A double-process hair colour technique is used to achieve dramatic colour changes, such as going from very dark to very light hair. First, the hair is lightened with a decolouriser. Then the new colour is deposited on the hair. Your stylist will determine if a double process is right for you.


Hair color fades for a variety of reasons, including exposure to water, air, sun, and harsh shampoos. To counteract fading, we recommend you regularly use colour maintenance products which really do help to keep the colour locked into the hair.


The appearance of the hair’s surface, the polish or texture. Different hair colour products result in a different finish.


The formulation is the mixture of hair colours your stylist applies to your hair. Your unique formulation will be created by taking into account your hair’s condition and your desired results.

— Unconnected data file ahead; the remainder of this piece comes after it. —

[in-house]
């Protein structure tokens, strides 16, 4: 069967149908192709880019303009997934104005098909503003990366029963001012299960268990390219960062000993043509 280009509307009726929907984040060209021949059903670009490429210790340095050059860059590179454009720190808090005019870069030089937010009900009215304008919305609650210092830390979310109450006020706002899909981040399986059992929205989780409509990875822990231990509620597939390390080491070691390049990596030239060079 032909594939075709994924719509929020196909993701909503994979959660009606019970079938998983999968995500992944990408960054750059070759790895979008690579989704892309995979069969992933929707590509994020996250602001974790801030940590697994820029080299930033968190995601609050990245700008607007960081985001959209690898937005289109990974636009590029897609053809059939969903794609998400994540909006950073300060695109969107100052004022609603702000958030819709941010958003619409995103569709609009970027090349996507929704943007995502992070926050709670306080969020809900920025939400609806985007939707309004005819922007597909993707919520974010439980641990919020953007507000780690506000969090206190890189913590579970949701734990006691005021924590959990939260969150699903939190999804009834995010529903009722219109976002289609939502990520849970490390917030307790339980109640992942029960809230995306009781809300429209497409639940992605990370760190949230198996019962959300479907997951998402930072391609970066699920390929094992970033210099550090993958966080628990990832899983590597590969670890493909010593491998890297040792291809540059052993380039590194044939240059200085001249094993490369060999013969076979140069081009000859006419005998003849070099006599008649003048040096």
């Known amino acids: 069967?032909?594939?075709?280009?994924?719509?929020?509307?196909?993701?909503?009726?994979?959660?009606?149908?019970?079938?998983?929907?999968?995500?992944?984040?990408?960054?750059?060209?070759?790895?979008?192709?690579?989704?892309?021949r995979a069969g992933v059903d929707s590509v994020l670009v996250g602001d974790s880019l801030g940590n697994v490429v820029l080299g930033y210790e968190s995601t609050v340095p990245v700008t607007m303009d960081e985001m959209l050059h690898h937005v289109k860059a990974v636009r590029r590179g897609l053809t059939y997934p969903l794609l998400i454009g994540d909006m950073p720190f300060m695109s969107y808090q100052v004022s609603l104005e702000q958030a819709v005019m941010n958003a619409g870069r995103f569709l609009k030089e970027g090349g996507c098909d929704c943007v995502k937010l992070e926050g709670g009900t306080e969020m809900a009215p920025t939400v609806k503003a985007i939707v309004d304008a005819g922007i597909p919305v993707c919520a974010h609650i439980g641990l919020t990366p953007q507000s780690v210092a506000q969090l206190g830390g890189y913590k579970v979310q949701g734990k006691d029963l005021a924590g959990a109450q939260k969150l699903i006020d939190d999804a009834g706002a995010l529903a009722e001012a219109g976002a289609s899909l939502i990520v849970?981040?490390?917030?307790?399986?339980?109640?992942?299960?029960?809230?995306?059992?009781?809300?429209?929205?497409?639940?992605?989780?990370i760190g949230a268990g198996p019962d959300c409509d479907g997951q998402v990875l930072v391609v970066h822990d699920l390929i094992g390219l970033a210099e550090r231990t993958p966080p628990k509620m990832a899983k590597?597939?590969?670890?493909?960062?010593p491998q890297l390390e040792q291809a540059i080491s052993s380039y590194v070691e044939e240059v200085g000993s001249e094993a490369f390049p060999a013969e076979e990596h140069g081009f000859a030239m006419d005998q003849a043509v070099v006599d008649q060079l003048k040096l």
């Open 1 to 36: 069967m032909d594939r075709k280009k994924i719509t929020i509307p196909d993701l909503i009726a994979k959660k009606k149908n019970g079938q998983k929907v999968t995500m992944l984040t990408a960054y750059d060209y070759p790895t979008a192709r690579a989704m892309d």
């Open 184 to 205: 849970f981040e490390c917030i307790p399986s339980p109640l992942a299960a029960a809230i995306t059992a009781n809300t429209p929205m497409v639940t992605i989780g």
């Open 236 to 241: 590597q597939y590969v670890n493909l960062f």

See Highlights.


A colour gloss delivers shiny color with no ammonia. It is a demi-permanent colour.

Gray coverage

See coverage.


Highlighting hair means isolating select strands in the hair and treating them with a hair colour, lightener or toner. Highlights can add dimension by contrasting with the rest of the head of hair and are created with foils, or special combs or brushes used for “painting”.


The overall strength and condition of the hair. Hair with poor integrity may require pre-treatment before a color service.


Lift is the chemical process of lightening the color of the hair. Different hair color formulations have different lifting abilities.